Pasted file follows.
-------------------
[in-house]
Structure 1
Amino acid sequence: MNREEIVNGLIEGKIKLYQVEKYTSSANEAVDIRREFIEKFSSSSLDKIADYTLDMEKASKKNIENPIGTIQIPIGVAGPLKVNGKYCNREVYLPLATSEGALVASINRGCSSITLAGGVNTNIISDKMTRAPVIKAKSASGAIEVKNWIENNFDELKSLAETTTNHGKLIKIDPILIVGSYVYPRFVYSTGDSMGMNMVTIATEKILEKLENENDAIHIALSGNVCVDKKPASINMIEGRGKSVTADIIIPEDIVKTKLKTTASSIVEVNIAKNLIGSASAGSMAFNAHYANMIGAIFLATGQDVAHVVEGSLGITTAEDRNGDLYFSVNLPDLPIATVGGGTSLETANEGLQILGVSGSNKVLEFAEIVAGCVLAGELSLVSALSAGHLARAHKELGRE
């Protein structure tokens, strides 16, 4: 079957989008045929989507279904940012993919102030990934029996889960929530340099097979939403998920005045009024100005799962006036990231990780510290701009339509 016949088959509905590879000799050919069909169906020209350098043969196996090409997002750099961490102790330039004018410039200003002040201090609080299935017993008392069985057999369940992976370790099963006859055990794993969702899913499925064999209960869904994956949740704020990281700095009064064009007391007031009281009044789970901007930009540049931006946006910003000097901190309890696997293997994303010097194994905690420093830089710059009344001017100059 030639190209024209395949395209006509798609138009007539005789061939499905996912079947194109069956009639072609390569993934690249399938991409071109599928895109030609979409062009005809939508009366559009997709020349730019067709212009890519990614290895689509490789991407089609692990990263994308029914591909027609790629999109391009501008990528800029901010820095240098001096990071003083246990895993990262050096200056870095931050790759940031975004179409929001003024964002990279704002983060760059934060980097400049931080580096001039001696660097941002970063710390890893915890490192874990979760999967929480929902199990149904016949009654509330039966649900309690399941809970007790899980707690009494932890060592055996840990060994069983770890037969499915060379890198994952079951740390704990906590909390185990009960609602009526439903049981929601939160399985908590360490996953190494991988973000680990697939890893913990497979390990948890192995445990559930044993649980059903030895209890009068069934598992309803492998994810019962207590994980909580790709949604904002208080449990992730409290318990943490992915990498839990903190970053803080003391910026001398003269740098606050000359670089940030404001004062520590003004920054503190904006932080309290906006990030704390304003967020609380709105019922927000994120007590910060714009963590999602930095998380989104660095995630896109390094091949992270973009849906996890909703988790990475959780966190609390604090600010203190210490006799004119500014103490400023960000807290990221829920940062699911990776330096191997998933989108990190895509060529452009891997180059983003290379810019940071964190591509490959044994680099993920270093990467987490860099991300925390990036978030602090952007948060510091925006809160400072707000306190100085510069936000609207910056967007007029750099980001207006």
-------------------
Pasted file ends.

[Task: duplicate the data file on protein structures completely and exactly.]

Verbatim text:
[in-house]
Structure 1
Amino acid sequence: MNREEIVNGLIEGKIKLYQVEKYTSSANEAVDIRREFIEKFSSSSLDKIADYTLDMEKASKKNIENPIGTIQIPIGVAGPLKVNGKYCNREVYLPLATSEGALVASINRGCSSITLAGGVNTNIISDKMTRAPVIKAKSASGAIEVKNWIENNFDELKSLAETTTNHGKLIKIDPILIVGSYVYPRFVYSTGDSMGMNMVTIATEKILEKLENENDAIHIALSGNVCVDKKPASINMIEGRGKSVTADIIIPEDIVKTKLKTTASSIVEVNIAKNLIGSASAGSMAFNAHYANMIGAIFLATGQDVAHVVEGSLGITTAEDRNGDLYFSVNLPDLPIATVGGGTSLETANEGLQILGVSGSNKVLEFAEIVAGCVLAGELSLVSALSAGHLARAHKELGRE
């Protein structure tokens, strides 16, 4: 079957989008045929989507279904940012993919102030990934029996889960929530340099097979939403998920005045009024100005799962006036990231990780510290701009339509 016949088959509905590879000799050919069909169906020209350098043969196996090409997002750099961490102790330039004018410039200003002040201090609080299935017993008392069985057999369940992976370790099963006859055990794993969702899913499925064999209960869904994956949740704020990281700095009064064009007391007031009281009044789970901007930009540049931006946006910003000097901190309890696997293997994303010097194994905690420093830089710059009344001017100059 030639190209024209395949395209006509798609138009007539005789061939499905996912079947194109069956009639072609390569993934690249399938991409071109599928895109030609979409062009005809939508009366559009997709020349730019067709212009890519990614290895689509490789991407089609692990990263994308029914591909027609790629999109391009501008990528800029901010820095240098001096990071003083246990895993990262050096200056870095931050790759940031975004179409929001003024964002990279704002983060760059934060980097400049931080580096001039001696660097941002970063710390890893915890490192874990979760999967929480929902199990149904016949009654509330039966649900309690399941809970007790899980707690009494932890060592055996840990060994069983770890037969499915060379890198994952079951740390704990906590909390185990009960609602009526439903049981929601939160399985908590360490996953190494991988973000680990697939890893913990497979390990948890192995445990559930044993649980059903030895209890009068069934598992309803492998994810019962207590994980909580790709949604904002208080449990992730409290318990943490992915990498839990903190970053803080003391910026001398003269740098606050000359670089940030404001004062520590003004920054503190904006932080309290906006990030704390304003967020609380709105019922927000994120007590910060714009963590999602930095998380989104660095995630896109390094091949992270973009849906996890909703988790990475959780966190609390604090600010203190210490006799004119500014103490400023960000807290990221829920940062699911990776330096191997998933989108990190895509060529452009891997180059983003290379810019940071964190591509490959044994680099993920270093990467987490860099991300925390990036978030602090952007948060510091925006809160400072707000306190100085510069936000609207910056967007007029750099980001207006």